On the Eve of All Saints’ Day

Taken from Roland Bainton’s masterful biography on Martin Luther, Here I Stand: A Life of Martin Luther.

The Church, while taking an individualistic view of sin, takes a corporate view of goodness. Sins must be accounted for one by one, but goodness can be pooled; and there is something to pool because the saints, the Blessed Virgin, and the Son of God were better than they needed to be for their own salvation. Christ in particular, being both sinless and God, is possessed of an unbounded store. These superfluous merits of the righteous constitute a treasury which is transferable to those whose accounts are in arrears. The transfer is effected through the Church and, particularly, through the pope, to whom as the successor of St. Peter have been committed the keys to bind and loose. Such transfer of credit was called an indulgence. …

During the decade in which Luther was born a pope had declared that the efficacy of indulgences extended to purgatory for the benefit of the living and the dead alike. In the case of the living there was no assurance of avoiding purgatory entirely because God alone knew the extent of the unexpiated guilt and the consequent length of the sentence, but the Church could tell to the year and the day by how much the term could be reduced, whatever it was. And in the case of those already dead and in purgatory, the sum of whose wickedness was complete and known, the immediate release could be offered. …

There were places in which these signal mercies were more accessible than in others. For no theological reason but in the interest of advertising, the Church associated the dispensing of the merits of the saints with visitation upon the relics of the saints. Popes frequently specified precisely how much benefit could be derived from viewing each holy bone. Every relic of the saints in Halle, for example, was endowed by Pope Leo X with an indulgence for the reduction of purgatory by four thousand years.

The greatest storehouse for such treasures was Rome. Here in the single crypt of St. Callistus forty popes were buried and 76,000 martyrs. Rome had a piece of Moses’ burning bush and three hundred particles of the Holy Innocents. Rome had the portrait of Christ on the napkin of St. Veronica. Rome had the chains of St. Paul and the scissors with which the Emperor Domitian clipped the hair of St. John. The walls of Rome near the Appian gate showed the white spots left by the stones which turned to snowballs when hurled by the mob against St. Peter before his time was come. A church in Rome had the crucifix which leaned over to talk to St. Brigitta. … In front of the Lateran were the Scala Sancta, twenty-eight stairs, supposedly those which once stood in front of Pilate’s palace. He who crawled up them on hands and knees, repeating a Pater Noster for each one, could thereby release a soul from purgatory. … No city on earth was so plentifully supplied with holy relics, and no city on earth was so richly endowed with spiritual indulgences as Holy Rome. …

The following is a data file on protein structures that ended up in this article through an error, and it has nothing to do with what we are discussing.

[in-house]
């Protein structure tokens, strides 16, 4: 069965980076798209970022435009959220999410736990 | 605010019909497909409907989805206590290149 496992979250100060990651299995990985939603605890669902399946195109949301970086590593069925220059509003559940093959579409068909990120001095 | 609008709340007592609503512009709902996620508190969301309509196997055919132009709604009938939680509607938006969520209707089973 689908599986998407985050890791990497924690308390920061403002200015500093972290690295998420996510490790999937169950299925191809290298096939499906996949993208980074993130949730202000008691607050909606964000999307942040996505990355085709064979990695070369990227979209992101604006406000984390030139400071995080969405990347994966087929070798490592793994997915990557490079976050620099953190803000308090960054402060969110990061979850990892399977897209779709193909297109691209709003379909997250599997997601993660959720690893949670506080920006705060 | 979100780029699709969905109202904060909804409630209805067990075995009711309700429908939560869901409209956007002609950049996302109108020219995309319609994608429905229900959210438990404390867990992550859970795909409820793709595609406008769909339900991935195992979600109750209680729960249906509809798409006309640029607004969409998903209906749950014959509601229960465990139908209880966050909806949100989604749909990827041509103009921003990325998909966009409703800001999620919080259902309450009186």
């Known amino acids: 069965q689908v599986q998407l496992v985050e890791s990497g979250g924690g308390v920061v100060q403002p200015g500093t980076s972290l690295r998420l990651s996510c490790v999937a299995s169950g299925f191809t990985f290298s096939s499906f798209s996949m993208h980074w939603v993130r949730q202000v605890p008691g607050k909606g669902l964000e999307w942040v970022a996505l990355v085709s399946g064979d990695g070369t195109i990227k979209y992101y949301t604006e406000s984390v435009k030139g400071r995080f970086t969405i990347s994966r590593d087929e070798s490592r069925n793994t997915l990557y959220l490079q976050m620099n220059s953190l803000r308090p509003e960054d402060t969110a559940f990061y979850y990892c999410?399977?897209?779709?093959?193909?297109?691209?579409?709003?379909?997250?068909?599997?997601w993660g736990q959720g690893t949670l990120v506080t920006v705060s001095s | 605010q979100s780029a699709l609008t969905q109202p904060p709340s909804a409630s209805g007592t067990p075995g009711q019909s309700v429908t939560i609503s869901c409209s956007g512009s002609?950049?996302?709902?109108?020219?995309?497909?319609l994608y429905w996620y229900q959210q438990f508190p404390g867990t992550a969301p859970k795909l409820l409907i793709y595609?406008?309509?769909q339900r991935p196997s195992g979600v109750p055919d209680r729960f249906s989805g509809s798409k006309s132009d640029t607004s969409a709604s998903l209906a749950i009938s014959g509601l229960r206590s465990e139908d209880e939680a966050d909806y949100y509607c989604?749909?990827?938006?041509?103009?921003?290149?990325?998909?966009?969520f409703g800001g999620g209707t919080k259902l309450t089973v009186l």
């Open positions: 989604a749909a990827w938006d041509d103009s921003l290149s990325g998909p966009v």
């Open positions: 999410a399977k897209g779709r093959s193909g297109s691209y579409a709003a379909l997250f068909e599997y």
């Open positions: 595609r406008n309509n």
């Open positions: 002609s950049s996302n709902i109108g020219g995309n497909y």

As a parish priest in a village church Luther was responsible for the spiritual welfare of his flock. They were procuring indulgences as he had once done himself. Rome was not the only place in which such favors available, for the popes delegated to many churches in Christendom the privilege of dispensing indulgence, and the Castle Church at Wittenberg was the recipient of a very unusual concession granting full remissions of all sins. The day selected for the proclamation was the first of November, the day of All Saints, whose merits provided the ground of the indulgences and whose relics were then on display.

Fredrick the Wise, the elector of Saxony, Luther’s prince, was a man of simple and sincere piety who had devoted a lifetime to making Wittenberg the Rome of Germany as a depository of sacred relics. He had made a journey to all parts of Europe, and diplomatic negotiations were facilitated by an exchange of relics. The king of Denmark, for example, sent him fragments of King Canute and St. Brigitta.

The collection had as its nucleus a genuine thorn from the crown of Christ, certified to have pierced the saviour’s brow. Fredrick so built up the collection from this inherited treasure that the catalogue illustrated by Lucas Cranach in 1509 listed 5,005 particles, to which were attached indulgences calculated to reduce purgatory by 1,443 years. The collection included one tooth of St. Jerome, of St. Chrysostom four pieces, of St. Bernard six, and of St. Augustine four; of Our Lady four hairs, three pieces of her cloak, four from her girdle, and seven from the veil sprinkled with the blood of Christ. The relics of Christ included one piece from his swaddling clothes, thirteen from his crib, one wisp of straw, one piece of the gold brought by the Wise Men and three of the myrrh, one strand of Jesus’ beard, once of the nails driven into his hands, one piece of bread eaten at the Last Supper, one piece of the stone on which Jesus stood to ascend into heaven, and one twig of Moses’ burning bush.

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2 thoughts on “On the Eve of All Saints’ Day

  1. Pingback: Frenetic Friday: Reformation Day | keachfan

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